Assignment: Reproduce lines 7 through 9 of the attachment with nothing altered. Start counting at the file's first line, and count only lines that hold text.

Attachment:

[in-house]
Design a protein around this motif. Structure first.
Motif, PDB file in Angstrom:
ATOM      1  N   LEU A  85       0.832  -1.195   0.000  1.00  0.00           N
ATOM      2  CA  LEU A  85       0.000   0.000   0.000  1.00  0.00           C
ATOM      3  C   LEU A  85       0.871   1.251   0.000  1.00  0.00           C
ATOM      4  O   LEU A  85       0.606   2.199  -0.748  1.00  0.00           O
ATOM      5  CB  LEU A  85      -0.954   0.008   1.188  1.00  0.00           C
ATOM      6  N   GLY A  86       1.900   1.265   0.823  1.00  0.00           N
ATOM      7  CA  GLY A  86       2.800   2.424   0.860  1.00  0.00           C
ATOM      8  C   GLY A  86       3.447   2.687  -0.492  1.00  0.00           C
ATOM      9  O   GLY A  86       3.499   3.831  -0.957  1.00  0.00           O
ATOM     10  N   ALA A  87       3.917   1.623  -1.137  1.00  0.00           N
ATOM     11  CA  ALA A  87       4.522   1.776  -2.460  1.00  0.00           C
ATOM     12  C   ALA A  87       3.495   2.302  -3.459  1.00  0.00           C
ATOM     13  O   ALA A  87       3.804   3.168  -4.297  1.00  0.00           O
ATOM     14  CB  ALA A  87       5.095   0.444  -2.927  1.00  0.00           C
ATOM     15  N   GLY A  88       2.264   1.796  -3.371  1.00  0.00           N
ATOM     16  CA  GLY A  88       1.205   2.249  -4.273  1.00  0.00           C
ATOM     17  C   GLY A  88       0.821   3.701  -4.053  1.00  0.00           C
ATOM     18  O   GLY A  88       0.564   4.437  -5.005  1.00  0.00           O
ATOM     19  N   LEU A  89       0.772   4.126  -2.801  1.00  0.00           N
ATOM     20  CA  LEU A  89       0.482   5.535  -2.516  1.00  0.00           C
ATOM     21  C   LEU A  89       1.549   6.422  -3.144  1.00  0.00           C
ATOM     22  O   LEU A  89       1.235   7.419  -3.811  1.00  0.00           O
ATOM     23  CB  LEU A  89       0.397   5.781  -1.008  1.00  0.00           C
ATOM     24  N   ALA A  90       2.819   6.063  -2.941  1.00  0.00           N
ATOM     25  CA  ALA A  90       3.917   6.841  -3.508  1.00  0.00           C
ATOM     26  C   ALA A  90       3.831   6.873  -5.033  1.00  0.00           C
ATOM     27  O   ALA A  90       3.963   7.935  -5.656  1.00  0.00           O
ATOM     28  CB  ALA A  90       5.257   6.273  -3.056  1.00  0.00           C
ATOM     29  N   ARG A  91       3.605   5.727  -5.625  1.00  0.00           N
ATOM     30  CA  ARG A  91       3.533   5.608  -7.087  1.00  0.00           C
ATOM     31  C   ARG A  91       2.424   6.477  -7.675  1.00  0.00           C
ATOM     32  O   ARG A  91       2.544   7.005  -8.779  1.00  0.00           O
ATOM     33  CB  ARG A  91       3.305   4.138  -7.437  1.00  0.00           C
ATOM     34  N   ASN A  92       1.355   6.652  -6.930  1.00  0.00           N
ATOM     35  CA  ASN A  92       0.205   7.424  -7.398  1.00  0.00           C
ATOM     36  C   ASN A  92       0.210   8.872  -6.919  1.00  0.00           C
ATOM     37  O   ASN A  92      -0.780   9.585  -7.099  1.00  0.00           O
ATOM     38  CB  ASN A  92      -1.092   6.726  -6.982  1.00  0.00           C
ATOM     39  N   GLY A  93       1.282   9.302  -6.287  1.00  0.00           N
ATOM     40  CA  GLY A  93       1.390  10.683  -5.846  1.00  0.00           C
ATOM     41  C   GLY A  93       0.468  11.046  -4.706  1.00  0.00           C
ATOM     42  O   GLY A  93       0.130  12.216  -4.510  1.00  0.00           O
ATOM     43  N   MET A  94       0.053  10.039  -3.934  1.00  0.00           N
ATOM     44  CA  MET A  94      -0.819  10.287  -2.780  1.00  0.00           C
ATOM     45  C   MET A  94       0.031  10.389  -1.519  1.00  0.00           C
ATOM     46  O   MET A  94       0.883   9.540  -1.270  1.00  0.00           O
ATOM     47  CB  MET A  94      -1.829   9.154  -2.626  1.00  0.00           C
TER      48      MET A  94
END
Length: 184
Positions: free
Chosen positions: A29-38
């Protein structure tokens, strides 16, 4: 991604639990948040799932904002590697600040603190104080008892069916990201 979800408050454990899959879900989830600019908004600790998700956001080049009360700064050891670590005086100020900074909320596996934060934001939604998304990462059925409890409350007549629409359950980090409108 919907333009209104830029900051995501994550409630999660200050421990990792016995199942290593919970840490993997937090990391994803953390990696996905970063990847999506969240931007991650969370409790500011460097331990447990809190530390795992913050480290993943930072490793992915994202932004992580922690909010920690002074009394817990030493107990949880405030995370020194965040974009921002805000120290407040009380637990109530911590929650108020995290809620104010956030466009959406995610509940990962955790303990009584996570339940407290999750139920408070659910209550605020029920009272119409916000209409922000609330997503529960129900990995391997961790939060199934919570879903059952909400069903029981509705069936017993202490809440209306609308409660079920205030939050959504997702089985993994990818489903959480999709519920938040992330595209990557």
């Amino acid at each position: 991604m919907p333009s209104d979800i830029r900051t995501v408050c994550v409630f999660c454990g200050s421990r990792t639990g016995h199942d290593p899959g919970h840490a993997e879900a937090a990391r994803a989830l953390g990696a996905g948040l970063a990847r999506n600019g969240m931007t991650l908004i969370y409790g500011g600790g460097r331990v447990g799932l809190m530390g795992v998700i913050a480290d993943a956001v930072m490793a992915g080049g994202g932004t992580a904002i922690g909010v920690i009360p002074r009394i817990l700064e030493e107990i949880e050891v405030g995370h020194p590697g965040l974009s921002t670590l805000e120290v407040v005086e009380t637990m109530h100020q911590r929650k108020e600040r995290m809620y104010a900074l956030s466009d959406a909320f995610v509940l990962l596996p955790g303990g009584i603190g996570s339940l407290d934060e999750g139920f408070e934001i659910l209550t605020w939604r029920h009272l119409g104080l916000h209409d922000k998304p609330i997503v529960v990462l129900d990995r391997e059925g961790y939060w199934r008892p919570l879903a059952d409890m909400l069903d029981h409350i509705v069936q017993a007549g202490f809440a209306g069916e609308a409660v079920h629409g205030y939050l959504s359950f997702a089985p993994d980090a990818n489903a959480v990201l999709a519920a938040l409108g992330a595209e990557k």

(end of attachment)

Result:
ATOM      4  O   LEU A  85       0.606   2.199  -0.748  1.00  0.00           O
ATOM      5  CB  LEU A  85      -0.954   0.008   1.188  1.00  0.00           C
ATOM      6  N   GLY A  86       1.900   1.265   0.823  1.00  0.00           N